Sun safety: myth versus fact

29 May 2013

In Canada, sunlight is strong enough to cause skin cancer and premature aging of the skin, but nobody wants to stay inside when the sun is shining. With so much misinformation about what is considered safe versus not, the best way to protect you is to get the facts straight about sun safety.

We’re separating myths from facts so that you can make an informed decision on how to reduce your risk of skin cancer and premature aging.

1. UV rays are consistently strong all day

That’s a myth.
UV rays are strongest between 11 a.m. and 4 p.m. so protective clothing is recommended to guard the skin during this time. Try and plan your outdoor activities before or after this time period in order to minimize your risk of burning. Remember, you can always bring an umbrella along- that way you can make your own shade wherever you need it.

2. UV rays are not harmful to me when it’s cloudy out

That’s a myth.
You need sunscreen regardless if it’s sunny or cloudy. Today, the risk of skin cancer is greater than it was 20 years ago and it only continues to increase. We are constantly exposed to ultraviolet (UV) rays which penetrate through clouds, fog, and haze. Water, sand, concrete, and snow can even increase the sun’s rays through reflection, causing greater harm than just the direct sun.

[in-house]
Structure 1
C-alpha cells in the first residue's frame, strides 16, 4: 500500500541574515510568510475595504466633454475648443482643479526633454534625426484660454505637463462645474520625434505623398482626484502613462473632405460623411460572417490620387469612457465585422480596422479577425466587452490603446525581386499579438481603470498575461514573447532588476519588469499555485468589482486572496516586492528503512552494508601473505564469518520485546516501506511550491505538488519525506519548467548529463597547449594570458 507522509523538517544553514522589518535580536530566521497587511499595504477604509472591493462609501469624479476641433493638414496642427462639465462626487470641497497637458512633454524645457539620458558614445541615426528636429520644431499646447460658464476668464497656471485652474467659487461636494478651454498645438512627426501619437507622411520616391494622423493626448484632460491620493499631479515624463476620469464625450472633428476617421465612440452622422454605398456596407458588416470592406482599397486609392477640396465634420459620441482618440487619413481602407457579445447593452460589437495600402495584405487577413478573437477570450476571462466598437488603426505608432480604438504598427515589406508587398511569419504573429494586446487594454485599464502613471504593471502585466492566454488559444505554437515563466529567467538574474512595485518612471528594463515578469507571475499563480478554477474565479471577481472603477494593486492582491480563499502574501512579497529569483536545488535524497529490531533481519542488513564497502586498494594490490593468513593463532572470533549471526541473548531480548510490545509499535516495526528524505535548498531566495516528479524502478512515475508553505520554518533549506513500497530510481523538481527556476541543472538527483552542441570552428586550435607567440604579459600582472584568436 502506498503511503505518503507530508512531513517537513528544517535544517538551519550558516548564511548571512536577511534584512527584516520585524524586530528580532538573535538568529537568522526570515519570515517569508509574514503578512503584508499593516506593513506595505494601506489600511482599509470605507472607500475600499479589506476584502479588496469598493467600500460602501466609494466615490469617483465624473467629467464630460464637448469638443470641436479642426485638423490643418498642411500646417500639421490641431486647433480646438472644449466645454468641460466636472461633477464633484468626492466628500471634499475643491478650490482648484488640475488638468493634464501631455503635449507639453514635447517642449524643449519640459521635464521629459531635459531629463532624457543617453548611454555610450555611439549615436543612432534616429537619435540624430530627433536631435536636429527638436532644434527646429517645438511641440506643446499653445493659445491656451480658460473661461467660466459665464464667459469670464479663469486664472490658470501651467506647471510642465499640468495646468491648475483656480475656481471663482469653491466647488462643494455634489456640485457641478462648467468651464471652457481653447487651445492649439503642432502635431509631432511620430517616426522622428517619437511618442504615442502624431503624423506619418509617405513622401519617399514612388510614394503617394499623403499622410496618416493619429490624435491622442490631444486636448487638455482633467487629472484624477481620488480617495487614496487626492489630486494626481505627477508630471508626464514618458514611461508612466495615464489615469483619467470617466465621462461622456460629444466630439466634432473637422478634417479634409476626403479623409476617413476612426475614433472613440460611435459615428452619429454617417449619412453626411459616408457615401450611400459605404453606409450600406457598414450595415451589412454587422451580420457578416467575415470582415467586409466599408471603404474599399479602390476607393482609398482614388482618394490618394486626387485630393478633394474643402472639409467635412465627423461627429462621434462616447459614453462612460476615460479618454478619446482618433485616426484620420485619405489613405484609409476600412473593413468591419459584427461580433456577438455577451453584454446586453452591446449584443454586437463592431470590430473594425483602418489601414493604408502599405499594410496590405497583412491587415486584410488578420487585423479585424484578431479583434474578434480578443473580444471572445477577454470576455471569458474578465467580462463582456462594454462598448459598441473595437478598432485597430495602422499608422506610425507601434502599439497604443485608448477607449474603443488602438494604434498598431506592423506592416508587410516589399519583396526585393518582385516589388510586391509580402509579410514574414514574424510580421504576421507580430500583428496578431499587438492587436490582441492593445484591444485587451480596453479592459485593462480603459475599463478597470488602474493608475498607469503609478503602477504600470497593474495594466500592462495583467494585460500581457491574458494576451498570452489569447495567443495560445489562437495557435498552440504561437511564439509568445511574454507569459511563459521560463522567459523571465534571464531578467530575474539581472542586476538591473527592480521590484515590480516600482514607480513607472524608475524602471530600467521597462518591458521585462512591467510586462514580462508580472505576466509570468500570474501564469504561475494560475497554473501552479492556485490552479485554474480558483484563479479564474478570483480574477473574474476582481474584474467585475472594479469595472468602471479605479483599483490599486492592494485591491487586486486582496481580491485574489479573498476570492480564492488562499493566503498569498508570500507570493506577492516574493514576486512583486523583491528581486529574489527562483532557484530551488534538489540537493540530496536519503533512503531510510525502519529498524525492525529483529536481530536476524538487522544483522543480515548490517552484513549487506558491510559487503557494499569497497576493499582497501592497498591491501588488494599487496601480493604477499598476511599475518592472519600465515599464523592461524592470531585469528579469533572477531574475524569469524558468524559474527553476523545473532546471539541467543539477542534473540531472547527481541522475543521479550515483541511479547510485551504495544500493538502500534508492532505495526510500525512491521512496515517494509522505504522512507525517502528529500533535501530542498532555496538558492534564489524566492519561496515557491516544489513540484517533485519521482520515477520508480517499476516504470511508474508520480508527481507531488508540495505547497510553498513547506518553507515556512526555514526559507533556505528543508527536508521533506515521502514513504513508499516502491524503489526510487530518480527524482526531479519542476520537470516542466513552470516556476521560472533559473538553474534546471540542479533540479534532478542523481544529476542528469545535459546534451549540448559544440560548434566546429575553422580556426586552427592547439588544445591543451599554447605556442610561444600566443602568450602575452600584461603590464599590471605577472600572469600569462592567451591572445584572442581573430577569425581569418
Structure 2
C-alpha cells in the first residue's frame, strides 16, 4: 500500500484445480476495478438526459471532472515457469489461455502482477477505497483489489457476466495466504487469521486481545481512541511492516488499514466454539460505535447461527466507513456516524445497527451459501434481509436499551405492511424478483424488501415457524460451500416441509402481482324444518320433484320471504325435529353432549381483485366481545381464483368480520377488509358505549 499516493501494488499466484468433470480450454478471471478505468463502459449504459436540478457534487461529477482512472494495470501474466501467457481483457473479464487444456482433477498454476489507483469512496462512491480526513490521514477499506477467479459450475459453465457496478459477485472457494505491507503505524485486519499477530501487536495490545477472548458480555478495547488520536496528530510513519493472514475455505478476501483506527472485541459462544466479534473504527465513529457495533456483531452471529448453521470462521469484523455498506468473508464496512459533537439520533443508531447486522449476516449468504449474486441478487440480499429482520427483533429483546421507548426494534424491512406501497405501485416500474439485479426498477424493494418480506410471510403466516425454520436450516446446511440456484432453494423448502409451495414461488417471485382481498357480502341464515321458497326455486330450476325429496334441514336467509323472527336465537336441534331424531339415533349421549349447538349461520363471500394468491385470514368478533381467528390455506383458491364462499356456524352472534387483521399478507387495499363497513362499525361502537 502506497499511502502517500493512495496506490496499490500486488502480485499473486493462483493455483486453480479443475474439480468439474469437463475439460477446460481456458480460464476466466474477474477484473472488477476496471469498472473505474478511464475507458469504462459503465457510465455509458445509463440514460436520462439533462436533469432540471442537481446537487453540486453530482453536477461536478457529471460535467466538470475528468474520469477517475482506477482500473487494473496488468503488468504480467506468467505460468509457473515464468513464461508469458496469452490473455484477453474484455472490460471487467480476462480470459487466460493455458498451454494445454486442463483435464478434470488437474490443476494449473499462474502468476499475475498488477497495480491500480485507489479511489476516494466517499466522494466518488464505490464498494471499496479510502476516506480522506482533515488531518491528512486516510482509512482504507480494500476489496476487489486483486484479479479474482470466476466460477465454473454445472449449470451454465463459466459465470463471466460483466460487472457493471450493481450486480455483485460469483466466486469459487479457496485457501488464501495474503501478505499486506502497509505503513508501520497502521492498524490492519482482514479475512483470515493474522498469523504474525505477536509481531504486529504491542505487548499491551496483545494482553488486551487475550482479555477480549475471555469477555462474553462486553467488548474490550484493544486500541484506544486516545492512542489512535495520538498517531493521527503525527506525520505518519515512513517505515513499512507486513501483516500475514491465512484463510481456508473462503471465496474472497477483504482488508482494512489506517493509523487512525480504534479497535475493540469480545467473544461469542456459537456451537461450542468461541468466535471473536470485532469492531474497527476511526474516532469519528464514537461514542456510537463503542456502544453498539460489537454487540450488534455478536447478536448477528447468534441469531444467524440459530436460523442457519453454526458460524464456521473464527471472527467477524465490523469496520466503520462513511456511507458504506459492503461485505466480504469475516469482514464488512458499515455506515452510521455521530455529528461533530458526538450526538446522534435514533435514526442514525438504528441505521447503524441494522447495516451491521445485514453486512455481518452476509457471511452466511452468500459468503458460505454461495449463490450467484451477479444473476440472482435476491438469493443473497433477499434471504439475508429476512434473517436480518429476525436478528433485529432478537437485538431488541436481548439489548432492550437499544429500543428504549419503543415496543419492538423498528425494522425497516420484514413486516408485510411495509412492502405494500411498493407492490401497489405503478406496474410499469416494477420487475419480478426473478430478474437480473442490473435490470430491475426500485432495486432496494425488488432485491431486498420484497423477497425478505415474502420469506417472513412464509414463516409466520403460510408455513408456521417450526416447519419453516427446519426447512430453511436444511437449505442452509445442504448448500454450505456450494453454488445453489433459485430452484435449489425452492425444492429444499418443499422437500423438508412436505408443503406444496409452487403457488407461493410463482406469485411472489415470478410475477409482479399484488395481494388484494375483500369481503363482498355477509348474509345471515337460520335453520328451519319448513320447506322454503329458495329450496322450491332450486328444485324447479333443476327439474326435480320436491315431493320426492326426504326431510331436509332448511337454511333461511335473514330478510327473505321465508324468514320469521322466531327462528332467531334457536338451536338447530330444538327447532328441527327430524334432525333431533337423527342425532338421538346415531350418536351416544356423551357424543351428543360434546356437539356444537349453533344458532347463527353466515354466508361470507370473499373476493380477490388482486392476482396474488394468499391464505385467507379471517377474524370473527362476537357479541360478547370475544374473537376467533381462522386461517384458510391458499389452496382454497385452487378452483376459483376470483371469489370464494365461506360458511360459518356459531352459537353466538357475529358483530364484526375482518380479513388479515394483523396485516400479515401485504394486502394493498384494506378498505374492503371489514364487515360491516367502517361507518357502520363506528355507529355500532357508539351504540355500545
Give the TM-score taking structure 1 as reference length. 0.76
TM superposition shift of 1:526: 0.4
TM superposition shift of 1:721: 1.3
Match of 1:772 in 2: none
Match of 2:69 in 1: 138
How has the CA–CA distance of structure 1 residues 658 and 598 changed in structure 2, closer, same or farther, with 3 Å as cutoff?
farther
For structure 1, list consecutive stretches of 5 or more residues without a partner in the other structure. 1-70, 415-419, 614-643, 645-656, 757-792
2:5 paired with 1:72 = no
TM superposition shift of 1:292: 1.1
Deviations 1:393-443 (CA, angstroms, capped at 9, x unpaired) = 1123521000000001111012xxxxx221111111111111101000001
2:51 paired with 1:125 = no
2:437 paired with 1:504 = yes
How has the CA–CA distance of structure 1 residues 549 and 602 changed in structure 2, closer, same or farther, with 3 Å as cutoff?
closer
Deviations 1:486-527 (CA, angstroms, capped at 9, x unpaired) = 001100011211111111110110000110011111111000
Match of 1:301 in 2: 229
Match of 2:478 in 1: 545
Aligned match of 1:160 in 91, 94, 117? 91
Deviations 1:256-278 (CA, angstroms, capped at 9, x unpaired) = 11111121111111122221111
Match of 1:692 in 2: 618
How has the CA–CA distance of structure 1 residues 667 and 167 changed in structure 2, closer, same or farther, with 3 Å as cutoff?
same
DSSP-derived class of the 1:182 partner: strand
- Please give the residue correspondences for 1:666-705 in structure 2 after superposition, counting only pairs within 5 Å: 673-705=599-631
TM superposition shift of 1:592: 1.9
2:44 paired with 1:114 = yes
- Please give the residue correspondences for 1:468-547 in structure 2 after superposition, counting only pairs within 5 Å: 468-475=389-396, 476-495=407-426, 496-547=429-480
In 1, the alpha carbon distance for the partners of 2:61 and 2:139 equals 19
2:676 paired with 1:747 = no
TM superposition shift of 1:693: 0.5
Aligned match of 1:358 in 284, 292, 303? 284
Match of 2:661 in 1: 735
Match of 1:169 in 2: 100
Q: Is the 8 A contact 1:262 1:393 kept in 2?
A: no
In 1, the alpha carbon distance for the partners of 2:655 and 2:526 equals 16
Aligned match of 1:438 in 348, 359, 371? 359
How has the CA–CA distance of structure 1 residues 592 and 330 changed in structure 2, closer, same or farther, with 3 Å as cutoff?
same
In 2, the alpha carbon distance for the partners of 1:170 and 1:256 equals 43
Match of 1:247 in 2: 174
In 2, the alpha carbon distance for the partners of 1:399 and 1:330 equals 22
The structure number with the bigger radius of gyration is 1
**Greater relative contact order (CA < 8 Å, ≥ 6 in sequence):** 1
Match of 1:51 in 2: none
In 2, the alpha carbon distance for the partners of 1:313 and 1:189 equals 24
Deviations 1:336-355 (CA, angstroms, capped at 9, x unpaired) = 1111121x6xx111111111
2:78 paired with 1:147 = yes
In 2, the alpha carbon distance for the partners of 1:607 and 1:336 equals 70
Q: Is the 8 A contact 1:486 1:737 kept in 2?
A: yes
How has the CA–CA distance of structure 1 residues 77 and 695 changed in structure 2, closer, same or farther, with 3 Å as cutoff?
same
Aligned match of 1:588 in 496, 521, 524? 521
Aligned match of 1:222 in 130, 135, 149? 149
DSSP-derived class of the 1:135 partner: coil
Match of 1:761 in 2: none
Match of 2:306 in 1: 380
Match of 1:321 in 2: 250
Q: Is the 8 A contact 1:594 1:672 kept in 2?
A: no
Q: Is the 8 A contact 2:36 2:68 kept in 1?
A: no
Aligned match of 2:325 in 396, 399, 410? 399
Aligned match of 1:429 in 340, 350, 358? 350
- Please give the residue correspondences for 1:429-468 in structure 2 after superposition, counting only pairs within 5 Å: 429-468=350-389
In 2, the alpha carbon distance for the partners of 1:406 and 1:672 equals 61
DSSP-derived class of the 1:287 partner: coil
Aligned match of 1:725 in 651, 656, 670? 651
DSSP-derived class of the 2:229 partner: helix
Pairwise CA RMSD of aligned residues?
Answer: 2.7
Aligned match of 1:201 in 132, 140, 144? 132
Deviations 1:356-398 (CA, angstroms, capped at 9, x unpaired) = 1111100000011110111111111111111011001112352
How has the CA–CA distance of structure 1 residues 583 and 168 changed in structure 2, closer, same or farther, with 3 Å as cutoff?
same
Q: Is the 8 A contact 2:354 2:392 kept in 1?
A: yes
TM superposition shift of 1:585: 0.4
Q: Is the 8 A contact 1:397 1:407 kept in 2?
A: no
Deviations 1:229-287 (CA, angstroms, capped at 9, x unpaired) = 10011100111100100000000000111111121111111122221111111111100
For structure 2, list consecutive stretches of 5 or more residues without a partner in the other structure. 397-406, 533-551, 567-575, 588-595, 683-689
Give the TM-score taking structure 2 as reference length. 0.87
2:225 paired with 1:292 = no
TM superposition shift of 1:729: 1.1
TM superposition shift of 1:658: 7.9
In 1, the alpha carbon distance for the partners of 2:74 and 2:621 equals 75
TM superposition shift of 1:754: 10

. I’m at higher risk of developing skin cancer because I had several blistering sunburns as a child

That’s a fact. You are also at greater risk of developing skin cancer if you:

  • have light-coloured skin, eyes and hair
  • work, play or exercise in the sun for long periods of time
  • take drugs that make you more sensitive to UV light

4. Getting a “base tan” protects me from burning under the sun

That’s a myth.
A tan offers almost no protection from sunlight or burning. Whether you get a tan from the sun or tanning beds, you are never protected from getting a burn. Getting a tan from a tanning bed doesn’t protect you from the sun – tanning beds can expose you to 5 times more radiation than the sun. Always use sunscreen to protect yourself.

5. Broad-spectrum sunscreen offers the best protection against the sun’s rays

That’s a fact.
Broad-spectrum sunscreen offers protection against both UVA and UVB rays. The sun protection factor (known as SPF) tells you the product’s ability to screen or block out the sun’s UVB rays only. SPF 15 sunscreen blocks 93% of UVB rays whereas sunscreen with SPF 30 blocks 97% of UVB rays. Make sure you use a broad-spectrum sunscreen with at least SPF 15, and if you plan to be outside most of the day, use an SPF 30.